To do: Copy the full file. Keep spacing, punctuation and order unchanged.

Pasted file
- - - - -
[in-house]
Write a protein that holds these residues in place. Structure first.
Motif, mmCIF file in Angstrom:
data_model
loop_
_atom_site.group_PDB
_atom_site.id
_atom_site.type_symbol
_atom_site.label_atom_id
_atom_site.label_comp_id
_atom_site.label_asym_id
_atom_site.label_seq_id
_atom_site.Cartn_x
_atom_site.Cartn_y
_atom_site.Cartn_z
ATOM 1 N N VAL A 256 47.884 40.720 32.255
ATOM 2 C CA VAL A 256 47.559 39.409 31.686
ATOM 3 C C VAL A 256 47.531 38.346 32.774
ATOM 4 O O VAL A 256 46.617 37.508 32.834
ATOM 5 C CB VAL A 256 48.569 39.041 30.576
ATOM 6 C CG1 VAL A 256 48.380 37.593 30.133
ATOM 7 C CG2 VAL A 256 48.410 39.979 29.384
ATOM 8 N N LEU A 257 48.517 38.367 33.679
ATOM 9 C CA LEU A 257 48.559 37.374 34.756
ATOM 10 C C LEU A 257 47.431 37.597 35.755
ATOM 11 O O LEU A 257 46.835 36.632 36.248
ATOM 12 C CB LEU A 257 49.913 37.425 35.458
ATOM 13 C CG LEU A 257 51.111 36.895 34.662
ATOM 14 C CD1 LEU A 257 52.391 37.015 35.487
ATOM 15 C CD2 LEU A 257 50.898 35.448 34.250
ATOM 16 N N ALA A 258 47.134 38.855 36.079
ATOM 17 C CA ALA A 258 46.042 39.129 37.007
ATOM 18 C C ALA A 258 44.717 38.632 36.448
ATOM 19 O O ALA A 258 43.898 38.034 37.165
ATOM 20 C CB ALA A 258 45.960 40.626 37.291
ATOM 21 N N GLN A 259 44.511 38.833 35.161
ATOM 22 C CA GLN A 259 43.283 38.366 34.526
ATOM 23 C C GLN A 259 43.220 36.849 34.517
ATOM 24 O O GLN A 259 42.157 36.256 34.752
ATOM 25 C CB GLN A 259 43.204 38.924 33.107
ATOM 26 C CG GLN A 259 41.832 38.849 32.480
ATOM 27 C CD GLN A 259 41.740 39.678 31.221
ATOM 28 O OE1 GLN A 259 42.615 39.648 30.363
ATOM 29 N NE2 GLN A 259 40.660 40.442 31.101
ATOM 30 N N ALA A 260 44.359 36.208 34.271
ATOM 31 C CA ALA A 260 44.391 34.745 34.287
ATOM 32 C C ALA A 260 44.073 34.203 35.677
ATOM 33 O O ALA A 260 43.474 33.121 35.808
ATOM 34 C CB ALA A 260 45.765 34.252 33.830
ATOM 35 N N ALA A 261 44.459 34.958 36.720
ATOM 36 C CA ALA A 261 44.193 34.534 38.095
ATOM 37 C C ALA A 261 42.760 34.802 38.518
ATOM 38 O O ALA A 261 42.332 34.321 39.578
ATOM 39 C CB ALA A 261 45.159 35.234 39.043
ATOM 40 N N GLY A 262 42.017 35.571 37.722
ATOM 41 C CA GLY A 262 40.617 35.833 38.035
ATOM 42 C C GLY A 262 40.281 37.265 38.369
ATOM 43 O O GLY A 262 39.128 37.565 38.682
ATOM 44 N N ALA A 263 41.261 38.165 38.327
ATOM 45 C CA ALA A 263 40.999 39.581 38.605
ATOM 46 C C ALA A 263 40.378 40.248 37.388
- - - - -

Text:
[in-house]
Write a protein that holds these residues in place. Structure first.
Motif, mmCIF file in Angstrom:
data_model
loop_
_atom_site.group_PDB
_atom_site.id
_atom_site.type_symbol
_atom_site.label_atom_id
_atom_site.label_comp_id
_atom_site.label_asym_id
_atom_site.label_seq_id
_atom_site.Cartn_x
_atom_site.Cartn_y
_atom_site.Cartn_z
ATOM 1 N N VAL A 256 47.884 40.720 32.255
ATOM 2 C CA VAL A 256 47.559 39.409 31.686
ATOM 3 C C VAL A 256 47.531 38.346 32.774
ATOM 4 O O VAL A 256 46.617 37.508 32.834
ATOM 5 C CB VAL A 256 48.569 39.041 30.576
ATOM 6 C CG1 VAL A 256 48.380 37.593 30.133
ATOM 7 C CG2 VAL A 256 48.410 39.979 29.384
ATOM 8 N N LEU A 257 48.517 38.367 33.679
ATOM 9 C CA LEU A 257 48.559 37.374 34.756
ATOM 10 C C LEU A 257 47.431 37.597 35.755
ATOM 11 O O LEU A 257 46.835 36.632 36.248
ATOM 12 C CB LEU A 257 49.913 37.425 35.458
ATOM 13 C CG LEU A 257 51.111 36.895 34.662
ATOM 14 C CD1 LEU A 257 52.391 37.015 35.487
ATOM 15 C CD2 LEU A 257 50.898 35.448 34.250
ATOM 16 N N ALA A 258 47.134 38.855 36.079
ATOM 17 C CA ALA A 258 46.042 39.129 37.007
ATOM 18 C C ALA A 258 44.717 38.632 36.448
ATOM 19 O O ALA A 258 43.898 38.034 37.165
ATOM 20 C CB ALA A 258 45.960 40.626 37.291
ATOM 21 N N GLN A 259 44.511 38.833 35.161
ATOM 22 C CA GLN A 259 43.283 38.366 34.526
ATOM 23 C C GLN A 259 43.220 36.849 34.517
ATOM 24 O O GLN A 259 42.157 36.256 34.752
ATOM 25 C CB GLN A 259 43.204 38.924 33.107
ATOM 26 C CG GLN A 259 41.832 38.849 32.480
ATOM 27 C CD GLN A 259 41.740 39.678 31.221
ATOM 28 O OE1 GLN A 259 42.615 39.648 30.363
ATOM 29 N NE2 GLN A 259 40.660 40.442 31.101
ATOM 30 N N ALA A 260 44.359 36.208 34.271
ATOM 31 C CA ALA A 260 44.391 34.745 34.287
ATOM 32 C C ALA A 260 44.073 34.203 35.677
ATOM 33 O O ALA A 260 43.474 33.121 35.808
ATOM 34 C CB ALA A 260 45.765 34.252 33.830
ATOM 35 N N ALA A 261 44.459 34.958 36.720
ATOM 36 C CA ALA A 261 44.193 34.534 38.095
ATOM 37 C C ALA A 261 42.760 34.802 38.518
ATOM 38 O O ALA A 261 42.332 34.321 39.578
ATOM 39 C CB ALA A 261 45.159 35.234 39.043
ATOM 40 N N GLY A 262 42.017 35.571 37.722
ATOM 41 C CA GLY A 262 40.617 35.833 38.035
ATOM 42 C C GLY A 262 40.281 37.265 38.369
ATOM 43 O O GLY A 262 39.128 37.565 38.682
ATOM 44 N N ALA A 263 41.261 38.165 38.327
ATOM 45 C CA ALA A 263 40.999 39.581 38.605
ATOM 46 C C ALA A 263 40.378 40.248 37.388